6. Rural Countrysides, Beach Views, And Railway Tunnels Await Bike-Riders

While The Bay of Islands is certainly a boater’s paradise, the area is also fantastic for biking. There are several biking trails around the area, according to NZ Pocket Guide, and some of them have stellar beach views. However, the 8kKM journey along the Twin Coast Cycle Trail is the most famous. It takes riders through railway tunnels and along a gorgeous rural countryside. The best access point to the trail is in the Waitangi Mountain Bike Park on Bayly Road.

5. Up Your Instagram-Game At Rainbow Falls

If you don’t care about your Instagram profile, congratulations, you’re a better human being than most of us. There’s no doubt that Rainbow Falls in the Bay of Islands town of Kerikeri looks good on a feed. But it’s also just somewhere you should go to breathe and gain a better appreciation for our planet. It is so much bigger than us. According to NZ Pocket Guide, Rainbow Falls is 27 meters and has many different viewpoints, the best being from behind the waterfall itself. Just be careful when you climb inside, it’s slippery.

4. Test Your Level Of Bravery By Skydiving Over The Epic Countryside

Skydiving tends to be a pretty popular activity in New Zealand, both for locals and for tourists. But the Bay of Islands is precisely where you want to test the limits of your bravery. According to NZ Pocket Guide, Skydive Bay of Islands is your best bet. For tandem dives, prices range from $200 to $800 depending on the package that you get. But, without question, this will not only be the most memorable experience of your trip, but also of your life.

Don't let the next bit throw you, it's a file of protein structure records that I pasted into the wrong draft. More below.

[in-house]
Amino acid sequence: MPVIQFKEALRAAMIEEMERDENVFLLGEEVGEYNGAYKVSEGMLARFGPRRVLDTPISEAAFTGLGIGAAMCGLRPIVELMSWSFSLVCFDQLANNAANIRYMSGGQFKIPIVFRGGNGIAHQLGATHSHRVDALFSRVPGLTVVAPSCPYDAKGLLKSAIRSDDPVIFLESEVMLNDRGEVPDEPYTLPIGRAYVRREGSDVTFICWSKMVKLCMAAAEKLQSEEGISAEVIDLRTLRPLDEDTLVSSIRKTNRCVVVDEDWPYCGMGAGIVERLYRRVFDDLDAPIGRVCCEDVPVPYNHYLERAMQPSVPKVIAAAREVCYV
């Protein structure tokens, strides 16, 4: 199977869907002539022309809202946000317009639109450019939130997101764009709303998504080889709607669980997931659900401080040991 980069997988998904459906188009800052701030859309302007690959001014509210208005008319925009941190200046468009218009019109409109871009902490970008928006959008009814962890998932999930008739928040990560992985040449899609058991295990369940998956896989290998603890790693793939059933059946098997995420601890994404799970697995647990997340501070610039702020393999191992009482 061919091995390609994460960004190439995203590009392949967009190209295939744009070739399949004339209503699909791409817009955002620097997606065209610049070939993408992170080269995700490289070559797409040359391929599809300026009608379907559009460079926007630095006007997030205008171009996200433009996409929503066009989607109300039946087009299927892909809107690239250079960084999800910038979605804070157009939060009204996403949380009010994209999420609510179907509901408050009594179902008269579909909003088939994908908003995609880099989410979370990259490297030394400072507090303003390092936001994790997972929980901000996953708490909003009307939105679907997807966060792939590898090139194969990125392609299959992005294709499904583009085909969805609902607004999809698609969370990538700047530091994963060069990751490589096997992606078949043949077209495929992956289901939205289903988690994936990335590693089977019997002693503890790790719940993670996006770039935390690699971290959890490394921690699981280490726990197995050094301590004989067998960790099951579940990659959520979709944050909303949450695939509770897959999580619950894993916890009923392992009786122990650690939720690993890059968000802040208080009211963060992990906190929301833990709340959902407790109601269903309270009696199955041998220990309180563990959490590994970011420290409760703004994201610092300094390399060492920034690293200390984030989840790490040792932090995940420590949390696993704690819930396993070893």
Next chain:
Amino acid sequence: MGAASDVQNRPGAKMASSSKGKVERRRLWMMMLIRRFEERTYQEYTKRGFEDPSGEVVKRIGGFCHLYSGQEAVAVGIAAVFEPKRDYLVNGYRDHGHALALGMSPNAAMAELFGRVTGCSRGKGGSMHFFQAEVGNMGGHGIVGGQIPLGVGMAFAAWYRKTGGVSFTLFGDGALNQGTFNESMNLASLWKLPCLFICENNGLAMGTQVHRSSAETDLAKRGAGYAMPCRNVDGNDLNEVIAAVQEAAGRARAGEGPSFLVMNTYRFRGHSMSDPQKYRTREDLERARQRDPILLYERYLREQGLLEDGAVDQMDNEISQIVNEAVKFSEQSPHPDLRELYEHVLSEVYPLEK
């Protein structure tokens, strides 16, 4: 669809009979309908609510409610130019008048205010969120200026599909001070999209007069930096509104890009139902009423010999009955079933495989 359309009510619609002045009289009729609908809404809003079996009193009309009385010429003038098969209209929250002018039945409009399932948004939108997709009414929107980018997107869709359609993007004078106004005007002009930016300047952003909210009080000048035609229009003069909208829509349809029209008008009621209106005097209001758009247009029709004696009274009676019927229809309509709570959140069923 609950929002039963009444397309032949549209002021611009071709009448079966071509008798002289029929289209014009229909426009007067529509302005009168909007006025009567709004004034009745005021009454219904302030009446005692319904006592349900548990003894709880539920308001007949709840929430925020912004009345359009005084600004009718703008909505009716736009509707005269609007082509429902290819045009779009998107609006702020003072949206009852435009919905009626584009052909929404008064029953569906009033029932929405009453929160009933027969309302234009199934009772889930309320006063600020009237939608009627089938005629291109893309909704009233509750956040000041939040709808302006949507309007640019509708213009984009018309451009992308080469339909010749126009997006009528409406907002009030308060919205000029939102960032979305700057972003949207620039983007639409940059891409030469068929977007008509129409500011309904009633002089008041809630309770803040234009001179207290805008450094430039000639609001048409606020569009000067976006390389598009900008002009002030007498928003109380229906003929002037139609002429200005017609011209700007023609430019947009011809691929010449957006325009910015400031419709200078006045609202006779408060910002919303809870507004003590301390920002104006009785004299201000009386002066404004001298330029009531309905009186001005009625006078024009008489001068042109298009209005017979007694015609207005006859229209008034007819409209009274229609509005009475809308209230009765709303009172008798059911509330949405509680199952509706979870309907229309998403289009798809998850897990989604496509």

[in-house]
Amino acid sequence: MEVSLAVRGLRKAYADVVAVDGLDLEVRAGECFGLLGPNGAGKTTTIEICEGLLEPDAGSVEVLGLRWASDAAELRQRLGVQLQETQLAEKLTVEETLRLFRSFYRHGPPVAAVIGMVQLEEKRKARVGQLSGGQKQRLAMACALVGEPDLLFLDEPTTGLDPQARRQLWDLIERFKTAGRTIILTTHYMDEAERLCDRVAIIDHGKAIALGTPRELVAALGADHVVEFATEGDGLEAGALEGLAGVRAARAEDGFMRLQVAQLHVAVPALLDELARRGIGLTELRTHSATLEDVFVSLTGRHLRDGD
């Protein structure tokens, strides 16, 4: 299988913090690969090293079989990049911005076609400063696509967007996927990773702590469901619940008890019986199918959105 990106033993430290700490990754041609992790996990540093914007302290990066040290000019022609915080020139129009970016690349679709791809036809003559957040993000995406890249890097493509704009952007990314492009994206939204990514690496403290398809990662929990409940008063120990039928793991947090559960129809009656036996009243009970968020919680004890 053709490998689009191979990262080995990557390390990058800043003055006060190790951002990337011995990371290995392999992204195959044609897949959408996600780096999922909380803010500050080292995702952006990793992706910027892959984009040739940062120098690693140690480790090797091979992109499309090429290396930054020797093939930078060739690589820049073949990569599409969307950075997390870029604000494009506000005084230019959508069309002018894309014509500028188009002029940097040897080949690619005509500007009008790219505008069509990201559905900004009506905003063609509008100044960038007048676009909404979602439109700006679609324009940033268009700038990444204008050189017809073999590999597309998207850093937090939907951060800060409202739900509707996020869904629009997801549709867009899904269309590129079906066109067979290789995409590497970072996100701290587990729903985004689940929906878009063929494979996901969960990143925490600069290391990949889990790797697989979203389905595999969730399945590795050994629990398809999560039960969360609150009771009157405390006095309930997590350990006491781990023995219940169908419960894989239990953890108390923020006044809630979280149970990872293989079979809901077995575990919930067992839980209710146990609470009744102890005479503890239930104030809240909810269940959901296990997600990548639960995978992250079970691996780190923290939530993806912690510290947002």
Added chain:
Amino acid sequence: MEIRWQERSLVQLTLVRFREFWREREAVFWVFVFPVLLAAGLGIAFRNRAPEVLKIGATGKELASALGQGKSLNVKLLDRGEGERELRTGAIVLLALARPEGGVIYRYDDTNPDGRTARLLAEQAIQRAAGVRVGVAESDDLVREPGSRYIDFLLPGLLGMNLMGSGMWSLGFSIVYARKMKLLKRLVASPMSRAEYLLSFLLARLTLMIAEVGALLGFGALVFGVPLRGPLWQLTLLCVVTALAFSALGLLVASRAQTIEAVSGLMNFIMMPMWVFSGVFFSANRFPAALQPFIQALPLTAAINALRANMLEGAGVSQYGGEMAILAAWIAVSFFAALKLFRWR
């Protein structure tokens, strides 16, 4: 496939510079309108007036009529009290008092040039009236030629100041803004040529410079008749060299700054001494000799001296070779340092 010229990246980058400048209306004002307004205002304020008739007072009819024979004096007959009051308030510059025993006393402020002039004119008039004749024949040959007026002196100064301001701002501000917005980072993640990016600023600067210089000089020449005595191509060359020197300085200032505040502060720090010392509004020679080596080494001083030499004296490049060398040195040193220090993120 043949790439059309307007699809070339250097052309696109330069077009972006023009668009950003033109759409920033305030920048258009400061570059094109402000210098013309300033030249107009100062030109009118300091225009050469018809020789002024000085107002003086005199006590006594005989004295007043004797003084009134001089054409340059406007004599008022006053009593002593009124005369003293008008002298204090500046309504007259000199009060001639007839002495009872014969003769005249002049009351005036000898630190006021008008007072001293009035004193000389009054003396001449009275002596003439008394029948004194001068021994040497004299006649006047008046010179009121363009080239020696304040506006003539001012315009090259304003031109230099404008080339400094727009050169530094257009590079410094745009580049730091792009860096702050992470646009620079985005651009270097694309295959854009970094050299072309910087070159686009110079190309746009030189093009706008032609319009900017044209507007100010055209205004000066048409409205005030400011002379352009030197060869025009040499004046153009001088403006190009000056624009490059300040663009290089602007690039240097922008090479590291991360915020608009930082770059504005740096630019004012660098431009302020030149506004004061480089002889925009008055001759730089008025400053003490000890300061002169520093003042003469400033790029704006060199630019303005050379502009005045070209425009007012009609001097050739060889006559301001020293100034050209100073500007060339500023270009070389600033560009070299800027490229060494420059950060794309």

3. Commandeer The R. Tucker Thompson Ship For A Ride Around The Bay

While there are many boating experiences to be had in the Bay of Islands, hopping aboard the R. Tucker Thompson is one of the most unique. Environmentally-friendly all-day sailings and evening and afternoon sailings are available from Opua. Prices for adults hover around $159 while kids are down at $79.50. Tea, lunch, and ferry transfer is included. The old rigged topsail schooner takes guests around the area of Paihia and Waitangi and operates as a non-profit to teach young and old Māori and Pākehā, visitors, and Northlanders sailing.

2. Camping On Urupukapuka Island Or Just Visiting For The Day

Urupukapka Island is the largest in the Bay of Islands and is filled with walking and hiking trails that take you to some of the most impressive waterfalls and lush vantage points in the area. According to NZ Pocket Guide, it’s fabulous for bird watching and even has a ton of campground for those who want to stay overnight. However, all campers must register as the land is protected. Ferries depart daily from Paihia wharf and only take a short time to get to the island where day visitors can rent kayaks, fish, and swim.

1. The Waitangi Treaty Grounds Is Historic And Interesting

Without a doubt, the Waitangi Treaty Grounds is one of the most historically significant sites in all of New Zealand. This is the spot where the Treaty of Waitangi was signed and New Zealand became a nation – hence why The Bay of Islands is called “the birthplace of New Zealand”. According to NZ Pocket Guide, a day pass can be purchased that will allow you into the stunning museum, colonial house, and even give you tours through the bush and a cultural show.

By thetravel.com